|Project by Lazyman||posted 11-15-2014 11:13 AM||3593 views||38 times favorited||26 comments|
I was talking to a friend of mine about storage solutions for screws and nuts in the shop. I was getting frustrated with using the original the boxes or putting them into the plastic bins you can buy. He sent me a video from an estate sale showing an antique octagonal bin that probably came from an old hardwood store and I was inspired to come up with a way to build it so that I can vary how many levels of drawers it had. The orginal had 10 levels. It sits on a lazy susan base with 8 triangular drawers per level. I used the opportunity to figure out how to use Sketchup which I used to work out a really cool way to make make interlocking dividers by cutting just 2 different patterns. I also used Sketchup to design the drawers, including rabbets.
The frame is made entirely of 1/2” sanded plywood. I had to make a jig to make cutting out the octagons for the horizontal dividers and I also used a simple jig to route grooves for the vertical pieces to nest in. I used a website calculator to determine the easiest way to layout and cut squares into octagons by trimming off the corners to get the radius I wanted for the unit. For the drawers I decided I wanted to use some really inexpensive wood and planed cedar fence pickets down to 1/2” thick (they were less than 3/4” rough) for the drawer fronts. The cheap cedar pickets have some really nice grain once they are planed. For the drawer sides I re-sawed white wood 2×4” slices and planed them to 3/8”.
The slots for the dividers (see the Sketchup drawing) were cut on my table say using a dado blade stacked to 1/2”. I used an auxiliary fence on my miter gauge to reduce chip out for the various cuts at different angles and depths. Note that the height of the drawers was determined by the deepest cut I could make with my 6” dado blade and shop made dado insert on my old delta contractors saw. Unfortunately, while I was ripping and cutting the plywood the bearing on table saw motor went out. After trying to fix it myself for a while, I finally decided to buy a new saw. The new one can actually cut about 1/4” deeper and I could have made the drawers slightly deeper but I had already started cutting out the dividers so I didn’t want to throw away what I had already cut (about 80% was done on the old saw). I cut enough to make 11 layers but decided to make 2 units instead of one really tall one. I glued one layer at a time until I reach the desired height (second picture).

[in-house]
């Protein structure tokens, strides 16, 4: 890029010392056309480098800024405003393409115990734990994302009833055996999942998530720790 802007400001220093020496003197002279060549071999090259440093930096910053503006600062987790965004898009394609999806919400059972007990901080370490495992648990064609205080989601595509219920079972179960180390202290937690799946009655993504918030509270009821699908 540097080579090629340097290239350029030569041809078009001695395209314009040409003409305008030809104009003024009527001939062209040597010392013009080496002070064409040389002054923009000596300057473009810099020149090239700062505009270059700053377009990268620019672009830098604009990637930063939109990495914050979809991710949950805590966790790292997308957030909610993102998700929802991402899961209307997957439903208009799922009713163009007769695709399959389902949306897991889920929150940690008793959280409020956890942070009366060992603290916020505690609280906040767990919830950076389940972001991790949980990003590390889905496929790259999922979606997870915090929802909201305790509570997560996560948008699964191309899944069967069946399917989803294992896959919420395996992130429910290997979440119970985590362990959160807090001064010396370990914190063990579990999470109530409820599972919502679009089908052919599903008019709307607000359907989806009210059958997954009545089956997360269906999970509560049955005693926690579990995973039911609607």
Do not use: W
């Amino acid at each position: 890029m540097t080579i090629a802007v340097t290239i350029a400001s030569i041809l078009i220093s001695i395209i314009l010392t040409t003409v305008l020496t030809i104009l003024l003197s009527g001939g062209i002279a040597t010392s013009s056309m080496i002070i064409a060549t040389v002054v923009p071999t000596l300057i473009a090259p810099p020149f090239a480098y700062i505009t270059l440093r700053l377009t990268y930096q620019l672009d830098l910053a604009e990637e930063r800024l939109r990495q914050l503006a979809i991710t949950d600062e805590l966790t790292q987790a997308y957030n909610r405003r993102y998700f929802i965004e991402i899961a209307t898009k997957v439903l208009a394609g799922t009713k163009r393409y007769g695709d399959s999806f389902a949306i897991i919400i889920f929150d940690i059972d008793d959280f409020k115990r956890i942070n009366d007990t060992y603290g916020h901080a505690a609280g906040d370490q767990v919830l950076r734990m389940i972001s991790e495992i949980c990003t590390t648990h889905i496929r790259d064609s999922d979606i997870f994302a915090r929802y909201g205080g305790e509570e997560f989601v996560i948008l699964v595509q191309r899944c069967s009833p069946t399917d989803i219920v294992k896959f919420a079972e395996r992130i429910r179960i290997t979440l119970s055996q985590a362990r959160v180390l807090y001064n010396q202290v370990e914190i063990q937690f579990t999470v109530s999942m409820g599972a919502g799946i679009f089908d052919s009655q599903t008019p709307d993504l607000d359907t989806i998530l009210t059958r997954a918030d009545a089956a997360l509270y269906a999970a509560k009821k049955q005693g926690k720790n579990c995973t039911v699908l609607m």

I cut thin strips of the same 1/2” planed cedar pickets to trim out the edges of the plywood. This also had the added purpose of hiding some of the imperfections in the alignment of some of the pieces caused by the grooves routed in the horizontal pieces not being quite exact enough. On one unit I stained the trim but on the other (and all the drawer fronts) I used a polyurethane to seal it. I was originally going to paint the plywood but because the trim grain looked so nice I decided I didn’t want to cover it up.
I cranked out the pieces for the 88 drawers in production mode. Because the fronts and one of the side pieces also had an angled rabbet on the ends to make glue up easier, I had to set up several different angled cuts to get them all made but all in all it only took about 3 hours to cut all of the pieces to size including rabbets. You can see the crude assembly jig I made to glue up the drawers in the 4th picture. Instead of clamping, I used a pin nailer to hold it together while the glue set. Note that there was a rabbet in the bottom of each board to accept the 1/4” plywood bottoms which was also glued and pinned into place. Because I didn’t want to sacrifice any depth in the drawers I decided not to use a grove and floating drawer bottom. It took me about 8 hours to assemble all 86 drawers. The reason that there aren’t 88 is because I made 2 double drawers by leaving one of the dividers out on one of the units. I made the fronts to look like 2 drawers with a divider between them. I finished the drawers by adding antique bronze label pulls that I bought from D Lawless. At 54 cents each plus screws, the pulls cost more than all of the wood combined. Next time I might design one out of wood.
This turned out to be a pretty ambitious first project in 20+ years but It was a blast to design and build and I am very pleased with how it turned out. I am glad I decided to make 2 smaller towers because it can fit one of those standard metal and particle board garage shelf units you can buy at the big box stores. It was really fun designing everything and it really challenged me to learn Sketchup. Using Sketchup, I was able to workout all of the various angles before I cut some prototypes. I only made a few minor refinements after the prototypes were cut.
-- Nathan, TX -- Hire the lazy man. He may not do as much work but that's because he will find a better way.